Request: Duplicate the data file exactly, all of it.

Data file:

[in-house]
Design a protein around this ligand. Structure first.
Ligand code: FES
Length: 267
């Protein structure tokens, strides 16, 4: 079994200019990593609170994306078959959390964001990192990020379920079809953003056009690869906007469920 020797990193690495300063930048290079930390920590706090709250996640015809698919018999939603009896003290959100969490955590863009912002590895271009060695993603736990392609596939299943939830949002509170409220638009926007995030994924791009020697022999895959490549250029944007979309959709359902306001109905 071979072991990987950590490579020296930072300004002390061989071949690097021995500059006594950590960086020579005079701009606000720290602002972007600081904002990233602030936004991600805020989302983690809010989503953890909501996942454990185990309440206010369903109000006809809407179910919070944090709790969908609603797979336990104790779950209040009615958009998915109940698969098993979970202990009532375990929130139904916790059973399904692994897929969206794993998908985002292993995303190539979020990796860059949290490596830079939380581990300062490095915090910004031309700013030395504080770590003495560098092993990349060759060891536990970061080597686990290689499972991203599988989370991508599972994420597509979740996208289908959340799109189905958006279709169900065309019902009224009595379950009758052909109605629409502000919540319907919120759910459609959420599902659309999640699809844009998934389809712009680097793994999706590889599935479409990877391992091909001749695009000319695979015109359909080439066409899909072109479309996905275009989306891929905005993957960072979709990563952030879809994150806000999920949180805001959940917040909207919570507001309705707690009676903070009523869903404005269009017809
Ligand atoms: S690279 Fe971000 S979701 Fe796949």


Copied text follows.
[in-house]
Design a protein around this ligand. Structure first.
Ligand code: FES
Length: 267
């Protein structure tokens, strides 16, 4: 079994200019990593609170994306078959959390964001990192990020379920079809953003056009690869906007469920 020797990193690495300063930048290079930390920590706090709250996640015809698919018999939603009896003290959100969490955590863009912002590895271009060695993603736990392609596939299943939830949002509170409220638009926007995030994924791009020697022999895959490549250029944007979309959709359902306001109905 071979072991990987950590490579020296930072300004002390061989071949690097021995500059006594950590960086020579005079701009606000720290602002972007600081904002990233602030936004991600805020989302983690809010989503953890909501996942454990185990309440206010369903109000006809809407179910919070944090709790969908609603797979336990104790779950209040009615958009998915109940698969098993979970202990009532375990929130139904916790059973399904692994897929969206794993998908985002292993995303190539979020990796860059949290490596830079939380581990300062490095915090910004031309700013030395504080770590003495560098092993990349060759060891536990970061080597686990290689499972991203599988989370991508599972994420597509979740996208289908959340799109189905958006279709169900065309019902009224009595379950009758052909109605629409502000919540319907919120759910459609959420599902659309999640699809844009998934389809712009680097793994999706590889599935479409990877391992091909001749695009000319695979015109359909080439066409899909072109479309996905275009989306891929905005993957960072979709990563952030879809994150806000999920949180805001959940917040909207919570507001309705707690009676903070009523869903404005269009017809
Ligand atoms: S690279 Fe971000 S979701 Fe796949």